For the full circle skirt you’ll need FOUR of these shapes – if you fabric is narrow enough you can fold into fourths and cut one big circle! Otherwise you’ll have to find some folding combination that’ll get you enough of these – perhaps two cuts on doubled up fabric??
Since a 3/4 circle skirt is, well, three quarters of a circle, it doesn’t break down nicely into the little quarter circles. I SUPPOSE you could cut a pattern piece the same shape as the ones shown for half and full skirts and then cut three of those, but I’d rather have two seams than three (anyone out there know a better way to do this??) If I was starting from scratch, I’d probably draft the full pattern piece and then fold neatly in half to get half a skirt. Fold in half again and it’d be the right size for cutting on a double layer of fabric…
To draw full size, start out by drawing two lines at 90 degree angles (see grey lines below) that are the length of your hem cutting line measurement from line 15 of the calculator. Then make your giant string compass to draw the hem cutting line (pink) and the waist radius (green) from the corner of your two lines.
The Circle Skirt Grading calculator
Whew! I did NOT intend to cover all of that today!! Really, what I was interested in was resizing an existing pattern, but, as you’ll see, it was necessary to put together the Circle Skirt Worksheet in order to figure out how to grade! Again, please visit What the Craft and Kadiddlehopper for more detailed pictures regarding pattern drafting, cutting and the rest!
Now, I’m not much for drafting patterns whole-scale! Instead I like to start with a commercial pattern and alter – and as I said above, altering a circle skirt takes some math skills! I knew I had to deepen that waist cutting line to make bigger, but I didn’t know how much. What I came up with is more of a worksheet than a calculator – you’ll need to use the Circle Skirt worksheet to complete the grading worksheet! Here’s a look at it – again, you can also download in Excel or view in Google docs. And also again, click the image to see larger.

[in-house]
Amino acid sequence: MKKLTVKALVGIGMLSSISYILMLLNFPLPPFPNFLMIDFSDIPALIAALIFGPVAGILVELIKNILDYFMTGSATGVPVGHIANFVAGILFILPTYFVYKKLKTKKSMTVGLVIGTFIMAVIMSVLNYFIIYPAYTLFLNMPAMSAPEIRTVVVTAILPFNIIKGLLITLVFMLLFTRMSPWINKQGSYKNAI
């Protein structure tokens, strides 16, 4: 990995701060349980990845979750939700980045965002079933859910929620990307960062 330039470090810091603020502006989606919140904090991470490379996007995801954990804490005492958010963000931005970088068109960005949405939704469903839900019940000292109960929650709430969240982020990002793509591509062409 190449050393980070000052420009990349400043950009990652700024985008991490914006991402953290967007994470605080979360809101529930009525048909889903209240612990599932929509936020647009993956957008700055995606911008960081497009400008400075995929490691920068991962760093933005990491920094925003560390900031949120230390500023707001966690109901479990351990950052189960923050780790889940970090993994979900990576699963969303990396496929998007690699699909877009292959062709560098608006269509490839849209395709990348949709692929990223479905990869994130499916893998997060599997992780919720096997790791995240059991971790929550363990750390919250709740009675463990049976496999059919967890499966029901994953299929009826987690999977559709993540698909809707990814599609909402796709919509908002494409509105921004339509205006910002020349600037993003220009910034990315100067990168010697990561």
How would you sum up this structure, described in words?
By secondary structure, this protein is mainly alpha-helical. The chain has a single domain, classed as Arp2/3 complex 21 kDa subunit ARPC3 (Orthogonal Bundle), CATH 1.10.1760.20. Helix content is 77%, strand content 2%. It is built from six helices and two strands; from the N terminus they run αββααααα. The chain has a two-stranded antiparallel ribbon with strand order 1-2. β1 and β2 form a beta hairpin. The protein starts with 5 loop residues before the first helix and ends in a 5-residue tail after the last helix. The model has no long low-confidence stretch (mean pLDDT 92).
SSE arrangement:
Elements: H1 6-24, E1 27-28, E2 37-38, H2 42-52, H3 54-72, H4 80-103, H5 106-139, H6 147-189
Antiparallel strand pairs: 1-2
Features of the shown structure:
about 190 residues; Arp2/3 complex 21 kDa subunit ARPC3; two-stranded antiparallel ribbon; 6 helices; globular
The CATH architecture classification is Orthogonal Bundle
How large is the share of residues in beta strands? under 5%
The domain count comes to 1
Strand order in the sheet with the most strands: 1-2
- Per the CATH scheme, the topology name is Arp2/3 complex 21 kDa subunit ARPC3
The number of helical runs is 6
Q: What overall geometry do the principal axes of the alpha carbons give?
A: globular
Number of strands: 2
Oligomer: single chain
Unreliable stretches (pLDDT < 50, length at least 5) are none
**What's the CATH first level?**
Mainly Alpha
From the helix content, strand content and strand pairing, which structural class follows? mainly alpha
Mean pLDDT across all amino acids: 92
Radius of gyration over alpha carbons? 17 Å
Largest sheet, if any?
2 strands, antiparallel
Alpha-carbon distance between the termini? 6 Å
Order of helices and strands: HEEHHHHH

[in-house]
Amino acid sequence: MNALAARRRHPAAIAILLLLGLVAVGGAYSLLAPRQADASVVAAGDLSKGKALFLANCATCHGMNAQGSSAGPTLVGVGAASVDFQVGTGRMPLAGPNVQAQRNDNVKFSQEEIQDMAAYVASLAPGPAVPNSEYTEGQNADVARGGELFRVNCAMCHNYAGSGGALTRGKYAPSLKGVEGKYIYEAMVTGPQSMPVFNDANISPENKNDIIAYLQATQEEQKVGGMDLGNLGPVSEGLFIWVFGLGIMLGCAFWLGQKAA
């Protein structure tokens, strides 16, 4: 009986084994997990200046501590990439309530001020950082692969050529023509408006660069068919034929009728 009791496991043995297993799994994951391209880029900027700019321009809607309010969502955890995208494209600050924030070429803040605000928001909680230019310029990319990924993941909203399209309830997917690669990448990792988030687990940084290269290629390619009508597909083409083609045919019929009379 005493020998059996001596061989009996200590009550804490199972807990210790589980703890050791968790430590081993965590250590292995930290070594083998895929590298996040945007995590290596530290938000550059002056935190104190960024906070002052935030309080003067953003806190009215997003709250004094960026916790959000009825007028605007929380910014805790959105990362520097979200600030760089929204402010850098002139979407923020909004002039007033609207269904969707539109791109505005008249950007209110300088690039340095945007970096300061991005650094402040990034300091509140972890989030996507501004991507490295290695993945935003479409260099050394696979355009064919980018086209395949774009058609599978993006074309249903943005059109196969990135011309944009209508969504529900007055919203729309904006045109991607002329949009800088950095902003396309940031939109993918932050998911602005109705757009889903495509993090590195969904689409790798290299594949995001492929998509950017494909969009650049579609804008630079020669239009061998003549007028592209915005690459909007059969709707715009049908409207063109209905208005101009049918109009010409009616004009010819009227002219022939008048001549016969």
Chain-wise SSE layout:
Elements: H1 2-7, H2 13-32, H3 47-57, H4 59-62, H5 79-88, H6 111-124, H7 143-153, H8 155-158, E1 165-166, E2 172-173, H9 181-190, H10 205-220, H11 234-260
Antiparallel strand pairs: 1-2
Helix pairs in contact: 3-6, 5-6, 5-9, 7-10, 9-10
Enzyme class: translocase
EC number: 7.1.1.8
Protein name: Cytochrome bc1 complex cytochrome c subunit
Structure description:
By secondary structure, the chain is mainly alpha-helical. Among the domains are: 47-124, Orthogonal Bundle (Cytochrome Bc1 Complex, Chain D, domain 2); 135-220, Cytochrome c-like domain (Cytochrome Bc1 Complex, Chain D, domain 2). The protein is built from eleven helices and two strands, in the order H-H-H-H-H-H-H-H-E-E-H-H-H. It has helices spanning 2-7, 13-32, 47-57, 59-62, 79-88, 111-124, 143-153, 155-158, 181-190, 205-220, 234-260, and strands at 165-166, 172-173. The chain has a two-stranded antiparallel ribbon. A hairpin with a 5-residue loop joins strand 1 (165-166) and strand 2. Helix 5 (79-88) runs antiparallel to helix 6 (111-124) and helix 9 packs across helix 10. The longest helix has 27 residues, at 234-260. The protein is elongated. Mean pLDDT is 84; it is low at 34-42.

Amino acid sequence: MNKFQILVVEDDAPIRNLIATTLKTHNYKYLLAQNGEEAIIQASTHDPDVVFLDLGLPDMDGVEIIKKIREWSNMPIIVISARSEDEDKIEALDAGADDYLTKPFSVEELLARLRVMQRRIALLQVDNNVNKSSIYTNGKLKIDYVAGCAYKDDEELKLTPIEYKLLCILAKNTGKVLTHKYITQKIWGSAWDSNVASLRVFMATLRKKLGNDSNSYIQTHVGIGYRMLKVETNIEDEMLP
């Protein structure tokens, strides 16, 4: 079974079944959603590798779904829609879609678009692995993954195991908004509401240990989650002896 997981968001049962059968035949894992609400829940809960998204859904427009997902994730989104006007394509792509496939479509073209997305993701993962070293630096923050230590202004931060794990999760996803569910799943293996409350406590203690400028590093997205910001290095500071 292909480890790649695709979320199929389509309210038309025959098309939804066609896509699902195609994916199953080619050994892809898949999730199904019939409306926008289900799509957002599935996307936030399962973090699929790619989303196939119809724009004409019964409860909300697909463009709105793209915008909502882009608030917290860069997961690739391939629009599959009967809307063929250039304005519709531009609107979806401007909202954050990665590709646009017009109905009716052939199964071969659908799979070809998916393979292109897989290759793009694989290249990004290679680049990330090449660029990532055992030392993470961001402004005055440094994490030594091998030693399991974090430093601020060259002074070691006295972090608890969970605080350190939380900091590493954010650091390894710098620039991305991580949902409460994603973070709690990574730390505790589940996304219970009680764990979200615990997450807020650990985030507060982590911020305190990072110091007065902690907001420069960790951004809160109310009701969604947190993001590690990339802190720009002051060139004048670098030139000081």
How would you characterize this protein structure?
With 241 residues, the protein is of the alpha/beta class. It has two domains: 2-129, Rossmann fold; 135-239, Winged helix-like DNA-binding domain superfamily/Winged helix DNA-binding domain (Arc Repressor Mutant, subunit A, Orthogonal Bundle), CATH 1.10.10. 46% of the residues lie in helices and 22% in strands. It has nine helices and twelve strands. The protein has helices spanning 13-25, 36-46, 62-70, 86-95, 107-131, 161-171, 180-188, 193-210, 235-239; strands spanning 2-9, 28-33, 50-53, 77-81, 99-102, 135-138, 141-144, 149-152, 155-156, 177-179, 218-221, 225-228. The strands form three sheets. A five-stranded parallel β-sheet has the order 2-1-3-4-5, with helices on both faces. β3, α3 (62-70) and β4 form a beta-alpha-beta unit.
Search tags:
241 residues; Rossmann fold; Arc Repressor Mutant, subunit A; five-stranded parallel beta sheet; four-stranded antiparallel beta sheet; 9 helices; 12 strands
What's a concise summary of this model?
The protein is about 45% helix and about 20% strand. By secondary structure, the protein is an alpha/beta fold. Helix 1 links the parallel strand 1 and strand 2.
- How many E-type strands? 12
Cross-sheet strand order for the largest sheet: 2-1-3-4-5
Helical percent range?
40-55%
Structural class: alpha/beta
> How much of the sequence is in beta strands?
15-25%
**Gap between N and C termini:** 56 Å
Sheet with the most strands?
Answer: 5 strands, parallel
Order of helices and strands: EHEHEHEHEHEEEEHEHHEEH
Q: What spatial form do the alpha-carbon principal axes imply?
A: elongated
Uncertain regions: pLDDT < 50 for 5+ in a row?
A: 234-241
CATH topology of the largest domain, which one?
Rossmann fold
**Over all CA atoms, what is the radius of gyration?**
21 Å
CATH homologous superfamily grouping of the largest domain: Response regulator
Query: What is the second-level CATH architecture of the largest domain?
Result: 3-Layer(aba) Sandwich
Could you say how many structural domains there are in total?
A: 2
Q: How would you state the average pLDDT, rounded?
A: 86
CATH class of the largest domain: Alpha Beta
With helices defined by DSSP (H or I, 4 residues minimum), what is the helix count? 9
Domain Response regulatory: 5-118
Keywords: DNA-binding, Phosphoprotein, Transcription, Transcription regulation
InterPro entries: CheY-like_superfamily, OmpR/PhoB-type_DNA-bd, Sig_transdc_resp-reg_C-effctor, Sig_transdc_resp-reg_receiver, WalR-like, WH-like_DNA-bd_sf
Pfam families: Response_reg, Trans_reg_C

OK! This is super easy to use. First, enter the pattern’s waist measurement in the field on line 20. In the example moving from a 36 to a 42 inch waist. Next, use the Circle Skirt Worksheet to calculate the waist radius (line 8 ) for the pattern waist measurement and enter that in line 20. Next, enter your new waist measurement in line 22 and calculate the waist radius and enter in line 23. Voila! Line 24 shows how much to move your waist and hem cutting lines down – obviously you’ll have to add tissue to the hemline! Also obviously, you could just use the Circle Skirt worksheet to figure out those waist radii and subtract in your head. Or, perhaps YOU could, I can’t. I’m terrible with math-in-my-head!!
There we have it! I hope it’s helpful to someone (other than me!!) Clever moles may note that There aren’t seam allowances included if you cut the skirt in multiple pieces, but honestly, with circle skirts you’re working on the bias which allows enough stretch to fudge those!
And as always, any of you geometry and/or pattern drafting eggheads, feel free to chime in with corrections to my equations, methods, etc!!
And with that, I’m off. Expect to see some Lucy-sized circle-tutu’s in the near future!